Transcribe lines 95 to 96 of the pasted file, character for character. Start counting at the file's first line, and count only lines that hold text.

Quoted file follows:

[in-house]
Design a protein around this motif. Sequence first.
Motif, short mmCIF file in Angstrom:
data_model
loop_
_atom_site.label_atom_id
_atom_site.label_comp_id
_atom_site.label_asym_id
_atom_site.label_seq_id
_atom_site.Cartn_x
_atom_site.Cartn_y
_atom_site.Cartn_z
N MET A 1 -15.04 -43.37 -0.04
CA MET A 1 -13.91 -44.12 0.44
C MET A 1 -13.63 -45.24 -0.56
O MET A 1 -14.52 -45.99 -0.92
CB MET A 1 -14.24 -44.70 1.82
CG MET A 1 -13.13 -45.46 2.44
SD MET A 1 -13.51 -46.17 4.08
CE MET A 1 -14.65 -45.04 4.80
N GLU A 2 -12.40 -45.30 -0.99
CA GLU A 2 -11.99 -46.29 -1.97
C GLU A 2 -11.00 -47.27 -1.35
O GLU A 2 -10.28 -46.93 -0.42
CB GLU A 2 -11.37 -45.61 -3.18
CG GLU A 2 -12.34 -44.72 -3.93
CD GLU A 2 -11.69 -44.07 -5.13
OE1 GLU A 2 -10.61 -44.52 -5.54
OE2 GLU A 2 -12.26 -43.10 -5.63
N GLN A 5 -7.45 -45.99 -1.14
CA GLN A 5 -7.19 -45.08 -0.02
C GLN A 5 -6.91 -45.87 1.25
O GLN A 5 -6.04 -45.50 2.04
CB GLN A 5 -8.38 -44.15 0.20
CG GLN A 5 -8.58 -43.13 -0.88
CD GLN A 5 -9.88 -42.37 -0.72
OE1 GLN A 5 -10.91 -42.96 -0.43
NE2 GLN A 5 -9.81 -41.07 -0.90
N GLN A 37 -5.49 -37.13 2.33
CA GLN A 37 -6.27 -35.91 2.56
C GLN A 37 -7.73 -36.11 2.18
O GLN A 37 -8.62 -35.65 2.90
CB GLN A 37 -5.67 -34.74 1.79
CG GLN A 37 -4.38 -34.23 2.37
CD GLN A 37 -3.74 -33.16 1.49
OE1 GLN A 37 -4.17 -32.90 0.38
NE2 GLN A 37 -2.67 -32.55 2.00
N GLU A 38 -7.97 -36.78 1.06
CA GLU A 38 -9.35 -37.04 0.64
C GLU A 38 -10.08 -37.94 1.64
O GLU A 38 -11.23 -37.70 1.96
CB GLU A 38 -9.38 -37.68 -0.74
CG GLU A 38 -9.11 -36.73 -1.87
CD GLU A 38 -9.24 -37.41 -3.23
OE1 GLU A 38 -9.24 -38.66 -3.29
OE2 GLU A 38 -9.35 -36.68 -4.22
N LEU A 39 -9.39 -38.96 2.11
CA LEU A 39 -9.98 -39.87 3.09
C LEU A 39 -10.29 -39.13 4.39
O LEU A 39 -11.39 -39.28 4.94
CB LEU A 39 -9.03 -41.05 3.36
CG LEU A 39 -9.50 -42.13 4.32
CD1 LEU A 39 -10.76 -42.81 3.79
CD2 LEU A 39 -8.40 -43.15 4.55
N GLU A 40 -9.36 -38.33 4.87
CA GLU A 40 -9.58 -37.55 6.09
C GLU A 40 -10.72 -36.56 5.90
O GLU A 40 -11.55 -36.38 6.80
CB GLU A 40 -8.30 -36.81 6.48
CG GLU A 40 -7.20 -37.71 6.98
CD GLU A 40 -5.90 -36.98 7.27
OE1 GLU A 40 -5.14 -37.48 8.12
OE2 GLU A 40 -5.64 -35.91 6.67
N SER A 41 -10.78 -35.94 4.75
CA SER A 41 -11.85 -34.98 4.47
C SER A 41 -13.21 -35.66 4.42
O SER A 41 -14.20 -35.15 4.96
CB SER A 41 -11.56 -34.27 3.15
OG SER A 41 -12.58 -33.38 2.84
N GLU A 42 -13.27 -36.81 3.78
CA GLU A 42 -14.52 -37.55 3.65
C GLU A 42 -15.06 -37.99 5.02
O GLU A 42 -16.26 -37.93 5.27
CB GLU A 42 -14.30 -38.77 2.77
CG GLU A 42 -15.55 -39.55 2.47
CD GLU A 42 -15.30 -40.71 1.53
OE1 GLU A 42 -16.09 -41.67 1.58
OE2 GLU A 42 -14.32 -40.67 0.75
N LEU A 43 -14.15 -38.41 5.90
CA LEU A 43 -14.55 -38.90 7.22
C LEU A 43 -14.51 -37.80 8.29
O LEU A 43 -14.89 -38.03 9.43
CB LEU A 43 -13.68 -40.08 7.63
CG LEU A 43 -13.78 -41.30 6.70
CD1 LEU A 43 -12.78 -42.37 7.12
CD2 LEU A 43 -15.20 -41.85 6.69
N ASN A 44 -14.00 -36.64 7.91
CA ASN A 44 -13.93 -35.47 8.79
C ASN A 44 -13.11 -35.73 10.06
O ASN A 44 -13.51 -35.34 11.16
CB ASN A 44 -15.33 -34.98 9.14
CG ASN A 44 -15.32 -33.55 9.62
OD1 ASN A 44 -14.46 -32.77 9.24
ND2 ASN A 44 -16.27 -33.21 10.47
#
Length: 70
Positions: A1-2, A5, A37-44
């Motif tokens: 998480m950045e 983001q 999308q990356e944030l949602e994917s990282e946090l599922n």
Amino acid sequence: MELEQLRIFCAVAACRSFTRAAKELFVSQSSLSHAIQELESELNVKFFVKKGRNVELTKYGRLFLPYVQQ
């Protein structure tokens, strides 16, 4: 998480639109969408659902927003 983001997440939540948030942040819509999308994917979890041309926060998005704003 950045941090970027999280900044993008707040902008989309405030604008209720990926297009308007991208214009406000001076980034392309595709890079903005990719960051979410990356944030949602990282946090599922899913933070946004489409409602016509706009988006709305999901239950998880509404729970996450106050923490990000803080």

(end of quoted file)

CD1 LEU A 43 -12.78 -42.37 7.12
CD2 LEU A 43 -15.20 -41.85 6.69